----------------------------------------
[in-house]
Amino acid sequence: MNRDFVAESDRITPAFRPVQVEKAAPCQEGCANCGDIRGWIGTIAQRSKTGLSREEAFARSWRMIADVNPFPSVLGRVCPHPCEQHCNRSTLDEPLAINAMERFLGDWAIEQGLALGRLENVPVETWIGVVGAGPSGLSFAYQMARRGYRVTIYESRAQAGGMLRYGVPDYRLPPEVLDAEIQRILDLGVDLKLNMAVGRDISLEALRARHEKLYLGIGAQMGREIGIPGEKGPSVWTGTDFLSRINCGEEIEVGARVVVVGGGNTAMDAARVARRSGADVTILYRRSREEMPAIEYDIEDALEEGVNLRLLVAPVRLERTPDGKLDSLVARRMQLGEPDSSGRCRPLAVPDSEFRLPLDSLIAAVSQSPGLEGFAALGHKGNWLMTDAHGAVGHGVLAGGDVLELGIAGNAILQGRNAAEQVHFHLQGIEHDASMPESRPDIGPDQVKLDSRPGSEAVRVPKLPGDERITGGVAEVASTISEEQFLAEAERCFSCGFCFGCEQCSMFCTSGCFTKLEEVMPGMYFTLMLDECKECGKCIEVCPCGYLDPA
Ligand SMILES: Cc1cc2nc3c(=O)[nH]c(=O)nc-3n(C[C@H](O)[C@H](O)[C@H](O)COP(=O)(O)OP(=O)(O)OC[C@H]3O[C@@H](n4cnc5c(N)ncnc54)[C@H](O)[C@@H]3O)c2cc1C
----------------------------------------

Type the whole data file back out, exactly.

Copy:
[in-house]
Amino acid sequence: MNRDFVAESDRITPAFRPVQVEKAAPCQEGCANCGDIRGWIGTIAQRSKTGLSREEAFARSWRMIADVNPFPSVLGRVCPHPCEQHCNRSTLDEPLAINAMERFLGDWAIEQGLALGRLENVPVETWIGVVGAGPSGLSFAYQMARRGYRVTIYESRAQAGGMLRYGVPDYRLPPEVLDAEIQRILDLGVDLKLNMAVGRDISLEALRARHEKLYLGIGAQMGREIGIPGEKGPSVWTGTDFLSRINCGEEIEVGARVVVVGGGNTAMDAARVARRSGADVTILYRRSREEMPAIEYDIEDALEEGVNLRLLVAPVRLERTPDGKLDSLVARRMQLGEPDSSGRCRPLAVPDSEFRLPLDSLIAAVSQSPGLEGFAALGHKGNWLMTDAHGAVGHGVLAGGDVLELGIAGNAILQGRNAAEQVHFHLQGIEHDASMPESRPDIGPDQVKLDSRPGSEAVRVPKLPGDERITGGVAEVASTISEEQFLAEAERCFSCGFCFGCEQCSMFCTSGCFTKLEEVMPGMYFTLMLDECKECGKCIEVCPCGYLDPA
Ligand SMILES: Cc1cc2nc3c(=O)[nH]c(=O)nc-3n(C[C@H](O)[C@H](O)[C@H](O)COP(=O)(O)OP(=O)(O)OC[C@H]3O[C@@H](n4cnc5c(N)ncnc54)[C@H](O)[C@@H]3O)c2cc1C